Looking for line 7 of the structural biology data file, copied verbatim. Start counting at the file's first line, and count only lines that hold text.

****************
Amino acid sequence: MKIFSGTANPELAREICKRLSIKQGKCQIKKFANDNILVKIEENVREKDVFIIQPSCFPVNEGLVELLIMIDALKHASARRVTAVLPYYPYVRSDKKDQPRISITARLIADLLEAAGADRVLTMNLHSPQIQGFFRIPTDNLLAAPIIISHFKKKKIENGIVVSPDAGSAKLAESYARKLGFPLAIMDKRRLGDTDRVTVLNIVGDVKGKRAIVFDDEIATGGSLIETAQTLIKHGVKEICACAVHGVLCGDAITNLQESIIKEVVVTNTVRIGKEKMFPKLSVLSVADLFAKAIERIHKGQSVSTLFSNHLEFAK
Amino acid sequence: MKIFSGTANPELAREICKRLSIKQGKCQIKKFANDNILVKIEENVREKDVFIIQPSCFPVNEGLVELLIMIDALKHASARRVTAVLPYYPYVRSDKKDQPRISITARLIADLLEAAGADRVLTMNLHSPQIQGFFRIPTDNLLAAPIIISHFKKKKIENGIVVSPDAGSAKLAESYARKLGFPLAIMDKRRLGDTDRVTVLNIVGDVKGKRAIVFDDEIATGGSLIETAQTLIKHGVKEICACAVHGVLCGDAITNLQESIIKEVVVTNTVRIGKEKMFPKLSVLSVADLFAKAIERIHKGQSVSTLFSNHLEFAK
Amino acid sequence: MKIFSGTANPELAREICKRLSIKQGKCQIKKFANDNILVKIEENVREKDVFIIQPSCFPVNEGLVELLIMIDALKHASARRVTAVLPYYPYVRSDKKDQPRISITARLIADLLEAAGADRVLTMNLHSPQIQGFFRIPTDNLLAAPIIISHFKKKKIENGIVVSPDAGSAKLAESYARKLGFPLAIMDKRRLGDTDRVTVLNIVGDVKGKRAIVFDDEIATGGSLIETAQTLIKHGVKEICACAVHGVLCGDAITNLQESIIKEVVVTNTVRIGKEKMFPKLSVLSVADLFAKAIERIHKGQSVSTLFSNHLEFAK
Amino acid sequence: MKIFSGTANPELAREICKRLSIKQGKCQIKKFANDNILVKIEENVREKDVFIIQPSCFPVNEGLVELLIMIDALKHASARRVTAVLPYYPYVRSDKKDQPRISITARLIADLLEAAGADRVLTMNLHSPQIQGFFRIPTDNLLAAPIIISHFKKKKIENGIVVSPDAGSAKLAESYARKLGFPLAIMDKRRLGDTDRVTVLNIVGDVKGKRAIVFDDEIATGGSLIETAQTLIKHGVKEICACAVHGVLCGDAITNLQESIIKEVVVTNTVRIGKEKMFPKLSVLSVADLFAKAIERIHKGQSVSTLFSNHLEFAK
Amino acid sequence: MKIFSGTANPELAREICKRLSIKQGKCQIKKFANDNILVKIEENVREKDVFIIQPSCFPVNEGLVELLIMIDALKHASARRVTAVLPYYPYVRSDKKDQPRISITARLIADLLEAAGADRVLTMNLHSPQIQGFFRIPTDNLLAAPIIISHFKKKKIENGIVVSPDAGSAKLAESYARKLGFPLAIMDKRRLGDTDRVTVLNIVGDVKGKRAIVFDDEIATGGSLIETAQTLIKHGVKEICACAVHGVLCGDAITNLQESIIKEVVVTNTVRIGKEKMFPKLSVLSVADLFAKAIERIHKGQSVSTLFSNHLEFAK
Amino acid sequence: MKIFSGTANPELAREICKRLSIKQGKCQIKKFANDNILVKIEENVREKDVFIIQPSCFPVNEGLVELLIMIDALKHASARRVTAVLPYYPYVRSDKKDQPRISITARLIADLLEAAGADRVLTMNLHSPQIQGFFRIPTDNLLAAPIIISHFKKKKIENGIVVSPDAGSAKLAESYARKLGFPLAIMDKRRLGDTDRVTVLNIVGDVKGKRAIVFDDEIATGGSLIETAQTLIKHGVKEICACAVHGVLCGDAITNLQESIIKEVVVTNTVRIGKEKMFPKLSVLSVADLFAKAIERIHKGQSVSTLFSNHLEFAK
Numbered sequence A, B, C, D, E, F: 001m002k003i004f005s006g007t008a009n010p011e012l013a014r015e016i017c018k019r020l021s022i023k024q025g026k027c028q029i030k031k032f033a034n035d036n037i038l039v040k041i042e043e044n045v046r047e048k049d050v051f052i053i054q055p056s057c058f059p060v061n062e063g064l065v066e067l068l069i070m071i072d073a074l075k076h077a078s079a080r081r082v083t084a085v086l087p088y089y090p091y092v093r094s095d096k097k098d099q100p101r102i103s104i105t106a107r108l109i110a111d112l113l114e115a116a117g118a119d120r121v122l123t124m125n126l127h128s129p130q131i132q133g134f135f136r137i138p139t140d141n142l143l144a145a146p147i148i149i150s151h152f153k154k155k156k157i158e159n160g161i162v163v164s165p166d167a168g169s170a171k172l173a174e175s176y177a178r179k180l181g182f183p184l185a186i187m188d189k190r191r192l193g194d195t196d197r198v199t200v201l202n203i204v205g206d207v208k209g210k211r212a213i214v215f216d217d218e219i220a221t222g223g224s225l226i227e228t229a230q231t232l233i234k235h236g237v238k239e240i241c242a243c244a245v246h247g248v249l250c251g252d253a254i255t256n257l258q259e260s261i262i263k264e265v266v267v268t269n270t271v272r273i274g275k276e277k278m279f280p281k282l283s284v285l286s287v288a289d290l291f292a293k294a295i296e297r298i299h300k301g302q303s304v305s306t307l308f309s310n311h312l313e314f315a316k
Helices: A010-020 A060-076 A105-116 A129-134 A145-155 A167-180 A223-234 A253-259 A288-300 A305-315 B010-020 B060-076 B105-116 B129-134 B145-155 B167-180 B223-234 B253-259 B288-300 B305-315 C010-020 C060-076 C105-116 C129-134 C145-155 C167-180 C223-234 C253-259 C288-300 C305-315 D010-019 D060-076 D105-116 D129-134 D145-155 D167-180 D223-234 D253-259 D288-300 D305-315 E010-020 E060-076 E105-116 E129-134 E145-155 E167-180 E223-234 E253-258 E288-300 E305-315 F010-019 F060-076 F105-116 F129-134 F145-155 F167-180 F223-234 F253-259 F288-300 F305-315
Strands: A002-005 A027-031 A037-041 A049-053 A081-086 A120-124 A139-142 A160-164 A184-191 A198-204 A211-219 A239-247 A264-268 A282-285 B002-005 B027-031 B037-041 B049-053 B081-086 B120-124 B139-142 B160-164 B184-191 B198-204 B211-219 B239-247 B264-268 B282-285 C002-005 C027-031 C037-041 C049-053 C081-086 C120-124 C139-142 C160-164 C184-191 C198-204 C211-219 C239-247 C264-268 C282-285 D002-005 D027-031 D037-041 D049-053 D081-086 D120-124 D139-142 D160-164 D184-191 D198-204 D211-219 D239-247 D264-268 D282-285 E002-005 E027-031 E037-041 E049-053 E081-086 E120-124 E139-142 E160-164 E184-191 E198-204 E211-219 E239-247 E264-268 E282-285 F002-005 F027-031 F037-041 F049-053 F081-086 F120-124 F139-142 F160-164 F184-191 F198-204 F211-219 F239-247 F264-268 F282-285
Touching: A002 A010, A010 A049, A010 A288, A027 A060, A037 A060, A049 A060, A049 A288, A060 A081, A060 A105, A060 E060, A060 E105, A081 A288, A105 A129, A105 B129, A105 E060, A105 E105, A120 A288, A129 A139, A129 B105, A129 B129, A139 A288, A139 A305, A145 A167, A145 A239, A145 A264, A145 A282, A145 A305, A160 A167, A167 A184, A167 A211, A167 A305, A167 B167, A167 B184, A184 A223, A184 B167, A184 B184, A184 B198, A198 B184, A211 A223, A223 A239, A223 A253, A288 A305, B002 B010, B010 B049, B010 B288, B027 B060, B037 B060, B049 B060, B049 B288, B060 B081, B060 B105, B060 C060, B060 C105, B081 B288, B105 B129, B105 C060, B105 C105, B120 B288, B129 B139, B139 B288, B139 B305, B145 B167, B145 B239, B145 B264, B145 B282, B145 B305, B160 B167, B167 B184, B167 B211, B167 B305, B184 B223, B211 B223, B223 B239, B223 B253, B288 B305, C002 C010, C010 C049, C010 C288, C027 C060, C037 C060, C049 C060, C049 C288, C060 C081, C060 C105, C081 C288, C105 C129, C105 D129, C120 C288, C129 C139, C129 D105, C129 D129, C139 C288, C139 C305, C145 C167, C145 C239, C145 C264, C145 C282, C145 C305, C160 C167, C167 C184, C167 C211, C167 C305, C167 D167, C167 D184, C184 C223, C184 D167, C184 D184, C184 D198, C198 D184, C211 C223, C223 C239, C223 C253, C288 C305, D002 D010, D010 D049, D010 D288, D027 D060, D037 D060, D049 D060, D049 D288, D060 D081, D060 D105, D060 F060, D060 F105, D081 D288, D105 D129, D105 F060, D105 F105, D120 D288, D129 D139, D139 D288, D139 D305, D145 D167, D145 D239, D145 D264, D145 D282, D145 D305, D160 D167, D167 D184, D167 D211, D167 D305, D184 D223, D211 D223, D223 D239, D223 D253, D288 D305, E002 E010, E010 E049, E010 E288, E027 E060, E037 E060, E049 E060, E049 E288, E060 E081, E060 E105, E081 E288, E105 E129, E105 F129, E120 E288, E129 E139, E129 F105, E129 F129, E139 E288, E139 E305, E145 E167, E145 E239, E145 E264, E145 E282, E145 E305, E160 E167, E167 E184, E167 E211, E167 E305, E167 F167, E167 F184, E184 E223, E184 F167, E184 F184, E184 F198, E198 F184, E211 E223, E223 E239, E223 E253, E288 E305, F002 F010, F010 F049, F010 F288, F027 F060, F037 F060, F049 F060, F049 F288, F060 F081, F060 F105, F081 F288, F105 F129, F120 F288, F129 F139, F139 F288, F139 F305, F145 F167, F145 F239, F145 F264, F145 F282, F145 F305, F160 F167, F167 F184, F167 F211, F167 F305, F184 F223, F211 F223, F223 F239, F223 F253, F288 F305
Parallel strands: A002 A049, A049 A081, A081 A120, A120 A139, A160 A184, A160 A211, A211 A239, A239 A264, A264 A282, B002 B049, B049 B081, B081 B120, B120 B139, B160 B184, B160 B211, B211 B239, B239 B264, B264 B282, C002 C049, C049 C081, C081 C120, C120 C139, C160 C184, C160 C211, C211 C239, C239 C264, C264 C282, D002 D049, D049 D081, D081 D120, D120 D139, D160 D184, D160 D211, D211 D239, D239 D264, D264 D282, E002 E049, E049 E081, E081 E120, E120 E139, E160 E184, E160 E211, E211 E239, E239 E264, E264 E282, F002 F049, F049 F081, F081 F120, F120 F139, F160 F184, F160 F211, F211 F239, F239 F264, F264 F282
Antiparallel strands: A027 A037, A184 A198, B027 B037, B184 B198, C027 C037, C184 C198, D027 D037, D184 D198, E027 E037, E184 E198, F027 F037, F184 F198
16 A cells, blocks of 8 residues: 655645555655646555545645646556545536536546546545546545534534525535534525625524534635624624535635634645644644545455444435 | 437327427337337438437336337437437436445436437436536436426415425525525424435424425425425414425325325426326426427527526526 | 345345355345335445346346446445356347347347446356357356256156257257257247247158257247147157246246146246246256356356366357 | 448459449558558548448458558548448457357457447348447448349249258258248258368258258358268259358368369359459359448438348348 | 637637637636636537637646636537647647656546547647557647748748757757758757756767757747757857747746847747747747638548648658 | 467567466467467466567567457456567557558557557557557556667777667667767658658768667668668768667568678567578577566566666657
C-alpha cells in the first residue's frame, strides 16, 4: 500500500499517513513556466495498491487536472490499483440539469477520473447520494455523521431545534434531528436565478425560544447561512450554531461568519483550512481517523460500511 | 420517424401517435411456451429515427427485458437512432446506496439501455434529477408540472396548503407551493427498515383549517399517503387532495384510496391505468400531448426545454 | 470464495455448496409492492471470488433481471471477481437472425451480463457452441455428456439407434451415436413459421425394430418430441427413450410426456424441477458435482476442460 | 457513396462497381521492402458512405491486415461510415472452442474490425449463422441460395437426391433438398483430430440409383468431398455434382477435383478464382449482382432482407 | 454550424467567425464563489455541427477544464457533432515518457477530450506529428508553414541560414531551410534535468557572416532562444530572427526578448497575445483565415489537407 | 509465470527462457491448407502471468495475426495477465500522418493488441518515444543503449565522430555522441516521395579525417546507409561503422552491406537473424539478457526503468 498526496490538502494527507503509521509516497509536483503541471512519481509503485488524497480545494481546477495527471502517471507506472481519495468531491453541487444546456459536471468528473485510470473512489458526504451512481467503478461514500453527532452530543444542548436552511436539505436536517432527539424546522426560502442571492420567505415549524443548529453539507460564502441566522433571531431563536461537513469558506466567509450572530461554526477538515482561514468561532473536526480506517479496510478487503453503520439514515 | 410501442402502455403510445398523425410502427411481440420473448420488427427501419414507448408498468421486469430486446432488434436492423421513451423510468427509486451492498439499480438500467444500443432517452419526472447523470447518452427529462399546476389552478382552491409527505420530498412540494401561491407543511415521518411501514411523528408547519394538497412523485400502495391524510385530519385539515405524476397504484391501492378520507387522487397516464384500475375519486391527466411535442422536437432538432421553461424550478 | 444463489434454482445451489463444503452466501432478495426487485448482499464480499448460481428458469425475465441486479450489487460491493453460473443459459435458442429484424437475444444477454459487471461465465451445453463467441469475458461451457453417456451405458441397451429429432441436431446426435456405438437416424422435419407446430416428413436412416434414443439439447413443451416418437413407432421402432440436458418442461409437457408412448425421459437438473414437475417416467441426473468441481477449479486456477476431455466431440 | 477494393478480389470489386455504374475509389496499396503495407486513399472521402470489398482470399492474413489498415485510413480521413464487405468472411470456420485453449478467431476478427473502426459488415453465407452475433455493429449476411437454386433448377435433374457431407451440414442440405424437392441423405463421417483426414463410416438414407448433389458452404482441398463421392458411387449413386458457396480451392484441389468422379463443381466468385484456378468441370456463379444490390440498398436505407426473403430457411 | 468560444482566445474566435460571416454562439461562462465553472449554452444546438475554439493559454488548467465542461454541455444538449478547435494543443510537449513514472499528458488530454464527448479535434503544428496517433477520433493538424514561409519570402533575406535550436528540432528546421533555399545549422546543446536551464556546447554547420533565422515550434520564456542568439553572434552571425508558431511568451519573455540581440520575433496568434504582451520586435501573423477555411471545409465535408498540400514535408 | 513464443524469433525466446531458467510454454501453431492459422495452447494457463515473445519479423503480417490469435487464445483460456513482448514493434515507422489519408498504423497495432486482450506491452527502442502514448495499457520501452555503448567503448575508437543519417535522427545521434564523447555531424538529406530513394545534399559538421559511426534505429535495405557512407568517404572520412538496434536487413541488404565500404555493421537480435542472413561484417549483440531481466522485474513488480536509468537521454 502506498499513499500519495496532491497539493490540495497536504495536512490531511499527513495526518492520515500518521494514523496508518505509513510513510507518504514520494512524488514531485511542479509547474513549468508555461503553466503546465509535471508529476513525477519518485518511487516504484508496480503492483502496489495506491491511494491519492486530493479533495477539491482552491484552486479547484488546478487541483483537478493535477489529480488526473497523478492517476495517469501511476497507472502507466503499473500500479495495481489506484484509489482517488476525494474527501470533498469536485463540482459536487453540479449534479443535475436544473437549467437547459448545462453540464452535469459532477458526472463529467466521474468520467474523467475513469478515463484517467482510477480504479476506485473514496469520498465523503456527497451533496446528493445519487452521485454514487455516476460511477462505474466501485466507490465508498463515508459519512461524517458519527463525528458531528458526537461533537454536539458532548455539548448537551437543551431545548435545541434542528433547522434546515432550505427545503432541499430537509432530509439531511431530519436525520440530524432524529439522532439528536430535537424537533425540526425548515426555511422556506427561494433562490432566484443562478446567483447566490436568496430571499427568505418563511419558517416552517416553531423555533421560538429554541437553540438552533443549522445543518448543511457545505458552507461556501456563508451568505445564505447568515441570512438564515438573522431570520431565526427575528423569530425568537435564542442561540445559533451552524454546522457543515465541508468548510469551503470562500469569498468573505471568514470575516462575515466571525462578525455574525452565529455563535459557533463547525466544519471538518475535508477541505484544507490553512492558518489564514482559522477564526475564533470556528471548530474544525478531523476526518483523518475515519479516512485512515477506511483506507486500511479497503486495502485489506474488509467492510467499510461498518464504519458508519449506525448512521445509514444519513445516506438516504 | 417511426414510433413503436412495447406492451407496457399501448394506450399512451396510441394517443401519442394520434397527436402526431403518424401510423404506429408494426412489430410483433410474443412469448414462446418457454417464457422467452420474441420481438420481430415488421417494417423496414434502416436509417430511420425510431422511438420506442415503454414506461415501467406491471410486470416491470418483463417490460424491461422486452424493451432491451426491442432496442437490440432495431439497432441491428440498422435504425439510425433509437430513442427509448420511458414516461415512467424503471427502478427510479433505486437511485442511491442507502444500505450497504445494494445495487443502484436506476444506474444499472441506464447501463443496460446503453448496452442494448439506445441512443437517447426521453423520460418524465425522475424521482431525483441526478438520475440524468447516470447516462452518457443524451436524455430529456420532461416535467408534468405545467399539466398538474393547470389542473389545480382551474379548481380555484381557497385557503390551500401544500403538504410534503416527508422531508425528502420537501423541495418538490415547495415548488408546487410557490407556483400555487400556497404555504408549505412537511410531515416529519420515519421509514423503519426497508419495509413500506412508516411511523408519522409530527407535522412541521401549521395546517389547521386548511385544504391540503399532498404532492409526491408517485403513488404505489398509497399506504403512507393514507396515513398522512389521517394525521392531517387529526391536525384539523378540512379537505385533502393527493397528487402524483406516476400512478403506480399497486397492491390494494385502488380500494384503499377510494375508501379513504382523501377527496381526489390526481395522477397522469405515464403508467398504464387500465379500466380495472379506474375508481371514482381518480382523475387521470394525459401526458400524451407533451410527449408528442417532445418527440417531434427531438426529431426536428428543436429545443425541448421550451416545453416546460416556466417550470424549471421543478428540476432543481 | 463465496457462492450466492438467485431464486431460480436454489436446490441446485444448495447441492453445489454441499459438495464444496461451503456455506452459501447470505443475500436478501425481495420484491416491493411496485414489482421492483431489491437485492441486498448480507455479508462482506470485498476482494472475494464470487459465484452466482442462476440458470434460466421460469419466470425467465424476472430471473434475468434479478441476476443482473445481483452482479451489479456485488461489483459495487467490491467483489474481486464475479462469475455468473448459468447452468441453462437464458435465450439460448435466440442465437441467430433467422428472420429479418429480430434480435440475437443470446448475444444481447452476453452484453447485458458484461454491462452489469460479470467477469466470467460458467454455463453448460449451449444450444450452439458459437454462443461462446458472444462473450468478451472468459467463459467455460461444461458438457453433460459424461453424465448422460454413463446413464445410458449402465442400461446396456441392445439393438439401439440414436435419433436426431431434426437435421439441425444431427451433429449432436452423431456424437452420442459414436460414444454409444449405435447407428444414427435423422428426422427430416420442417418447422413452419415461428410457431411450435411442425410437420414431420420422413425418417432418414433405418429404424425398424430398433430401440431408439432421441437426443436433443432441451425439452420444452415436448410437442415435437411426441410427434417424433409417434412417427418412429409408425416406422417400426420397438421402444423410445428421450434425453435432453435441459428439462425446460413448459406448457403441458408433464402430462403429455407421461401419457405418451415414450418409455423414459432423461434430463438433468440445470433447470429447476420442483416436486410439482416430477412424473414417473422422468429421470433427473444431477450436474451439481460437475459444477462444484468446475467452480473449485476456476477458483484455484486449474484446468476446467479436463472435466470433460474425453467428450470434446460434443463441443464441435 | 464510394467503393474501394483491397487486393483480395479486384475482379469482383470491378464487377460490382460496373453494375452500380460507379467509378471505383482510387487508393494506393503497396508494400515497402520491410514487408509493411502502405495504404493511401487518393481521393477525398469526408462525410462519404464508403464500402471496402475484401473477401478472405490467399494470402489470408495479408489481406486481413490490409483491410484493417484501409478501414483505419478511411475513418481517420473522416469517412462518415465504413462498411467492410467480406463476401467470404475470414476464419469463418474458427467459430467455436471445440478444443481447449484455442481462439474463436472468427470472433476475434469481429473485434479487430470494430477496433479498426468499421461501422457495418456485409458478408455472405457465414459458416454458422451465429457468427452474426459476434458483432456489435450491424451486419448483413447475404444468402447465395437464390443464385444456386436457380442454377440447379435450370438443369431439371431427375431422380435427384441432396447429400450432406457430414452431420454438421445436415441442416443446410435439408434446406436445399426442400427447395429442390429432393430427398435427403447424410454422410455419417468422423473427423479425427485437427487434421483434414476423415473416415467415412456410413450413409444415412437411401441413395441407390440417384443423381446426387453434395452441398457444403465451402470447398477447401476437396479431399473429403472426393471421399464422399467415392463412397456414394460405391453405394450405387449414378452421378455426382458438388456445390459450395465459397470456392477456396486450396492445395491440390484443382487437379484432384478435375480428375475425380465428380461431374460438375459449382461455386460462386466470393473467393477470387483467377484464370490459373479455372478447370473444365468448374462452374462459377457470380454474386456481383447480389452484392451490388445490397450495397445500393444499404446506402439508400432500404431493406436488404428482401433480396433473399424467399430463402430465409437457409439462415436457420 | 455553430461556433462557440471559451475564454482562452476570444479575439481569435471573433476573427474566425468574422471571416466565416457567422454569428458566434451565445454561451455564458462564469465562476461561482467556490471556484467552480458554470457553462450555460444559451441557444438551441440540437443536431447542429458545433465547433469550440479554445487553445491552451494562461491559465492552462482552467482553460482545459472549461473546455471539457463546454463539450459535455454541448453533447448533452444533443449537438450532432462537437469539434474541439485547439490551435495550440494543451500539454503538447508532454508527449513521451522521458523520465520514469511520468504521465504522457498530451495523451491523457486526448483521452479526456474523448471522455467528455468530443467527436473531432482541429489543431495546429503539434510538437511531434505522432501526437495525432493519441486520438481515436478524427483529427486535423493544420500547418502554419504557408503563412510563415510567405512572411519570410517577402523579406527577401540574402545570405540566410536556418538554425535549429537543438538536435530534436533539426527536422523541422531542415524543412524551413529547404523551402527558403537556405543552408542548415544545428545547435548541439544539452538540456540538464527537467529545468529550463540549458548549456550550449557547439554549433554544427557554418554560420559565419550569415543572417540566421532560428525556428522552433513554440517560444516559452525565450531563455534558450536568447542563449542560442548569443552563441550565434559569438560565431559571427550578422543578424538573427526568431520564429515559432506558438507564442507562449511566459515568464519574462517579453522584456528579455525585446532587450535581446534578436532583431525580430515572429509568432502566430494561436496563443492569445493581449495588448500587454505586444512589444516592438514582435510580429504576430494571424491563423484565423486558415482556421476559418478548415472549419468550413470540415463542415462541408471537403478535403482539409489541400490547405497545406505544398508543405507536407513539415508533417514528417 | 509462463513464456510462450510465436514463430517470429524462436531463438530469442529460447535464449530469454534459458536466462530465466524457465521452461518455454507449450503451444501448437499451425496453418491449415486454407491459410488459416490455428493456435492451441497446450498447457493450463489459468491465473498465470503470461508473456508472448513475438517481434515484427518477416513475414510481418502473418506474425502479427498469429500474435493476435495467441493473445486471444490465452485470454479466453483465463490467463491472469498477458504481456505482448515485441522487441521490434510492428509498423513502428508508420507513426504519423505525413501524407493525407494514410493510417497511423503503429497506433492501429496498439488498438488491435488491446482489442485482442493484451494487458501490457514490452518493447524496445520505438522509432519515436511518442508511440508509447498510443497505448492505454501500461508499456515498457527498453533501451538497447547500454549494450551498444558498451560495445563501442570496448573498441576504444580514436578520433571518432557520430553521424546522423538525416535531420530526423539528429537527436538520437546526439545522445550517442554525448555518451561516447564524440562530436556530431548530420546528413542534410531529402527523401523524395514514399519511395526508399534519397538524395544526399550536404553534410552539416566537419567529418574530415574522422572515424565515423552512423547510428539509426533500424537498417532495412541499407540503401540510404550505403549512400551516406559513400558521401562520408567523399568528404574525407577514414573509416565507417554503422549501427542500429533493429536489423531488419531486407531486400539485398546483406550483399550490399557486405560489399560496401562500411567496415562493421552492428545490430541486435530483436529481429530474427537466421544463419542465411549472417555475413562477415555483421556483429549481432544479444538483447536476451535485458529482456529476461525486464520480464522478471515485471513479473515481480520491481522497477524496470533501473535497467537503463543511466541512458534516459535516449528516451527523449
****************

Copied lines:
Numbered sequence A, B, C, D, E, F: 001m002k003i004f005s006g007t008a009n010p011e012l013a014r015e016i017c018k019r020l021s022i023k024q025g026k027c028q029i030k031k032f033a034n035d036n037i038l039v040k041i042e043e044n045v046r047e048k049d050v051f052i053i054q055p056s057c058f059p060v061n062e063g064l065v066e067l068l069i070m071i072d073a074l075k076h077a078s079a080r081r082v083t084a085v086l087p088y089y090p091y092v093r094s095d096k097k098d099q100p101r102i103s104i105t106a107r108l109i110a111d112l113l114e115a116a117g118a119d120r121v122l123t124m125n126l127h128s129p130q131i132q133g134f135f136r137i138p139t140d141n142l143l144a145a146p147i148i149i150s151h152f153k154k155k156k157i158e159n160g161i162v163v164s165p166d167a168g169s170a171k172l173a174e175s176y177a178r179k180l181g182f183p184l185a186i187m188d189k190r191r192l193g194d195t196d197r198v199t200v201l202n203i204v205g206d207v208k209g210k211r212a213i214v215f216d217d218e219i220a221t222g223g224s225l226i227e228t229a230q231t232l233i234k235h236g237v238k239e240i241c242a243c244a245v246h247g248v249l250c251g252d253a254i255t256n257l258q259e260s261i262i263k264e265v266v267v268t269n270t271v272r273i274g275k276e277k278m279f280p281k282l283s284v285l286s287v288a289d290l291f292a293k294a295i296e297r298i299h300k301g302q303s304v305s306t307l308f309s310n311h312l313e314f315a316k